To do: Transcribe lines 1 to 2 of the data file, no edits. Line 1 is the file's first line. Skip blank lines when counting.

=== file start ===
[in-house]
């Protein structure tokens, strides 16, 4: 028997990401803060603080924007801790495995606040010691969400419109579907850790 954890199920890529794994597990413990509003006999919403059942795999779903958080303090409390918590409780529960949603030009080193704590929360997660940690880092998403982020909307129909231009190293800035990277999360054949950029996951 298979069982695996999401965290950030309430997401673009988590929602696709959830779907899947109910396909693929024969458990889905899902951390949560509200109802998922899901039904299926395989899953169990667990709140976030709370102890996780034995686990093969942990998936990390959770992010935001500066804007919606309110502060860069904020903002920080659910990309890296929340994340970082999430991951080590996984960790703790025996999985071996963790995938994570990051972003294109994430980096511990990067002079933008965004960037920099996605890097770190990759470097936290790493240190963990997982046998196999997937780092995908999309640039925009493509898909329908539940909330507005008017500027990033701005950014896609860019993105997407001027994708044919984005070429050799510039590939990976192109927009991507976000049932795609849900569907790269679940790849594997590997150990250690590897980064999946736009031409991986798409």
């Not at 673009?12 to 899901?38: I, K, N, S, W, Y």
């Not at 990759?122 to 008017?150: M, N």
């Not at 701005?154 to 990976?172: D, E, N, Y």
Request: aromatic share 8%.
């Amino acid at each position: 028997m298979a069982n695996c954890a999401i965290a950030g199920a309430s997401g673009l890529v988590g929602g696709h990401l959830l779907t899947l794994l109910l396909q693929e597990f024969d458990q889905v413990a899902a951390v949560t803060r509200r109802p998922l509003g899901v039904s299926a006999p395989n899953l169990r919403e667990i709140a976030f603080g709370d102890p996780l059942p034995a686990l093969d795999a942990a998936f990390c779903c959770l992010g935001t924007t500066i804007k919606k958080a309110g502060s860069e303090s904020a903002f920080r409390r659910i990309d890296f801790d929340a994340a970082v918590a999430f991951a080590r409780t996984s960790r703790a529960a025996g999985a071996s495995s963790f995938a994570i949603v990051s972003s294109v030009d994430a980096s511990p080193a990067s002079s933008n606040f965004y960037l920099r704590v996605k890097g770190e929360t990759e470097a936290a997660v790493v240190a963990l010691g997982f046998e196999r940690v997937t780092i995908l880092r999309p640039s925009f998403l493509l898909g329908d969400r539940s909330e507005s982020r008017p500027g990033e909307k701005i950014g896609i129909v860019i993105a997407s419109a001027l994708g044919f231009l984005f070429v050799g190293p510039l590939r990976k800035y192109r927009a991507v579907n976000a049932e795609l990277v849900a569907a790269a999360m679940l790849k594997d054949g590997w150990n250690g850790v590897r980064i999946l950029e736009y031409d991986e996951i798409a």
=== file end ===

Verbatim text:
[in-house]
């Protein structure tokens, strides 16, 4: 028997990401803060603080924007801790495995606040010691969400419109579907850790 954890199920890529794994597990413990509003006999919403059942795999779903958080303090409390918590409780529960949603030009080193704590929360997660940690880092998403982020909307129909231009190293800035990277999360054949950029996951 298979069982695996999401965290950030309430997401673009988590929602696709959830779907899947109910396909693929024969458990889905899902951390949560509200109802998922899901039904299926395989899953169990667990709140976030709370102890996780034995686990093969942990998936990390959770992010935001500066804007919606309110502060860069904020903002920080659910990309890296929340994340970082999430991951080590996984960790703790025996999985071996963790995938994570990051972003294109994430980096511990990067002079933008965004960037920099996605890097770190990759470097936290790493240190963990997982046998196999997937780092995908999309640039925009493509898909329908539940909330507005008017500027990033701005950014896609860019993105997407001027994708044919984005070429050799510039590939990976192109927009991507976000049932795609849900569907790269679940790849594997590997150990250690590897980064999946736009031409991986798409």